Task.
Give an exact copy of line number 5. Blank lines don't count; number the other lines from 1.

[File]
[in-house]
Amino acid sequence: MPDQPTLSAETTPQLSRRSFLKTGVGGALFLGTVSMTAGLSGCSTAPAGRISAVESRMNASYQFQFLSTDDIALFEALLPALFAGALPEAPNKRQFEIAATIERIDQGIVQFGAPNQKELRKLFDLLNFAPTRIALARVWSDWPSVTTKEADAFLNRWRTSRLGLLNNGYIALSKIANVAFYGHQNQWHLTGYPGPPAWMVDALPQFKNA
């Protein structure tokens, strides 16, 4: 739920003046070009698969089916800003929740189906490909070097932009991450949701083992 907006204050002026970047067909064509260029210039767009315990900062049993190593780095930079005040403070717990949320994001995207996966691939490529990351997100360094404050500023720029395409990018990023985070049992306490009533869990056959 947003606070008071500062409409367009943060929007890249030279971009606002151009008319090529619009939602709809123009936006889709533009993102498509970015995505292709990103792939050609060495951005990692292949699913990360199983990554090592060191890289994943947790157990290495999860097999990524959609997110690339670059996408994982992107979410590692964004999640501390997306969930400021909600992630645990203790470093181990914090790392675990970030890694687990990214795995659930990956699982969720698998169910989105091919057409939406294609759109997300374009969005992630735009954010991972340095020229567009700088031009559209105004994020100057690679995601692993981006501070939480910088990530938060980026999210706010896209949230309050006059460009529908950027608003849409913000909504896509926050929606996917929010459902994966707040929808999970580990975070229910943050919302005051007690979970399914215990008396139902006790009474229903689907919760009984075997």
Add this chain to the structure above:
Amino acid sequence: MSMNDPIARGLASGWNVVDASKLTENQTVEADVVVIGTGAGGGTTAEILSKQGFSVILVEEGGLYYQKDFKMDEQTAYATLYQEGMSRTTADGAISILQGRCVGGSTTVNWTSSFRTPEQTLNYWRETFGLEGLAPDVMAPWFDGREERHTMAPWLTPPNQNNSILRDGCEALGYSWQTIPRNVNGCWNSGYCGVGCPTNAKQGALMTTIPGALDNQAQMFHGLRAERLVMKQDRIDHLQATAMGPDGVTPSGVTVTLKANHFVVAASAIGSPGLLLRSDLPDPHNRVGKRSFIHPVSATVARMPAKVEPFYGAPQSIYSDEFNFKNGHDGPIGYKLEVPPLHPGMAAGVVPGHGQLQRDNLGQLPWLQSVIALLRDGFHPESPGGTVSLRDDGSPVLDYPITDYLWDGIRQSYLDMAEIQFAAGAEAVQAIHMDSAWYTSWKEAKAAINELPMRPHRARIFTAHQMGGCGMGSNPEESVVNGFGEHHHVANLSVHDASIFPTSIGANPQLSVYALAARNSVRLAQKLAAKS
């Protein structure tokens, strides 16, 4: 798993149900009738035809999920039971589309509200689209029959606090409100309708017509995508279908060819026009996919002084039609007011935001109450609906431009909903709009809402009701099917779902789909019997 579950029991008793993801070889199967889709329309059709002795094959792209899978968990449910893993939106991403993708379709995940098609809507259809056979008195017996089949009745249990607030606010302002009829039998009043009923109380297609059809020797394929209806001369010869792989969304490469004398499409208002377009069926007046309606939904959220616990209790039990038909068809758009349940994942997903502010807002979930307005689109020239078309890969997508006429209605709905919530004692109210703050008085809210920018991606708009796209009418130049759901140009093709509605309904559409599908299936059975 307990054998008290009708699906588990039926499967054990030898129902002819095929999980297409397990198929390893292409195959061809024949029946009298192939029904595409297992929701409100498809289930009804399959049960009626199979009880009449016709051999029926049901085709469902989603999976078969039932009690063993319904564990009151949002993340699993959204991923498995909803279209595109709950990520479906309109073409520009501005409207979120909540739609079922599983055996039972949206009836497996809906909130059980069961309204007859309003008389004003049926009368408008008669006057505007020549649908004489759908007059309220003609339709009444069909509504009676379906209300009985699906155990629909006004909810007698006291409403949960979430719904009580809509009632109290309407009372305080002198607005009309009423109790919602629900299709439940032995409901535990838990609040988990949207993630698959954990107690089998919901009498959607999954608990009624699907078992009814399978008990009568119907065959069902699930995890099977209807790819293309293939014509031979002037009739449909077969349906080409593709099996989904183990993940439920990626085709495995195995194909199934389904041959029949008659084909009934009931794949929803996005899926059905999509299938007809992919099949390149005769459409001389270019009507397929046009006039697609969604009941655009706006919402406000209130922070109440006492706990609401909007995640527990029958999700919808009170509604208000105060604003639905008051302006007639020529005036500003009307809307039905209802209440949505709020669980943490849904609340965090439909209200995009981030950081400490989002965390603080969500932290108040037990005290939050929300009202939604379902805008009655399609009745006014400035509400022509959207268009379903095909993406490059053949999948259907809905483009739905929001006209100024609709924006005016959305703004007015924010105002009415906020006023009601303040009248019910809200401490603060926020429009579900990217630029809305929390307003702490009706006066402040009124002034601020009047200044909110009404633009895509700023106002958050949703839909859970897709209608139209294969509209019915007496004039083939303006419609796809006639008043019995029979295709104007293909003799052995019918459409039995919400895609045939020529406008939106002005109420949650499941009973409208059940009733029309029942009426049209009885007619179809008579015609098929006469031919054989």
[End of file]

Amino acid sequence: MSMNDPIARGLASGWNVVDASKLTENQTVEADVVVIGTGAGGGTTAEILSKQGFSVILVEEGGLYYQKDFKMDEQTAYATLYQEGMSRTTADGAISILQGRCVGGSTTVNWTSSFRTPEQTLNYWRETFGLEGLAPDVMAPWFDGREERHTMAPWLTPPNQNNSILRDGCEALGYSWQTIPRNVNGCWNSGYCGVGCPTNAKQGALMTTIPGALDNQAQMFHGLRAERLVMKQDRIDHLQATAMGPDGVTPSGVTVTLKANHFVVAASAIGSPGLLLRSDLPDPHNRVGKRSFIHPVSATVARMPAKVEPFYGAPQSIYSDEFNFKNGHDGPIGYKLEVPPLHPGMAAGVVPGHGQLQRDNLGQLPWLQSVIALLRDGFHPESPGGTVSLRDDGSPVLDYPITDYLWDGIRQSYLDMAEIQFAAGAEAVQAIHMDSAWYTSWKEAKAAINELPMRPHRARIFTAHQMGGCGMGSNPEESVVNGFGEHHHVANLSVHDASIFPTSIGANPQLSVYALAARNSVRLAQKLAAKS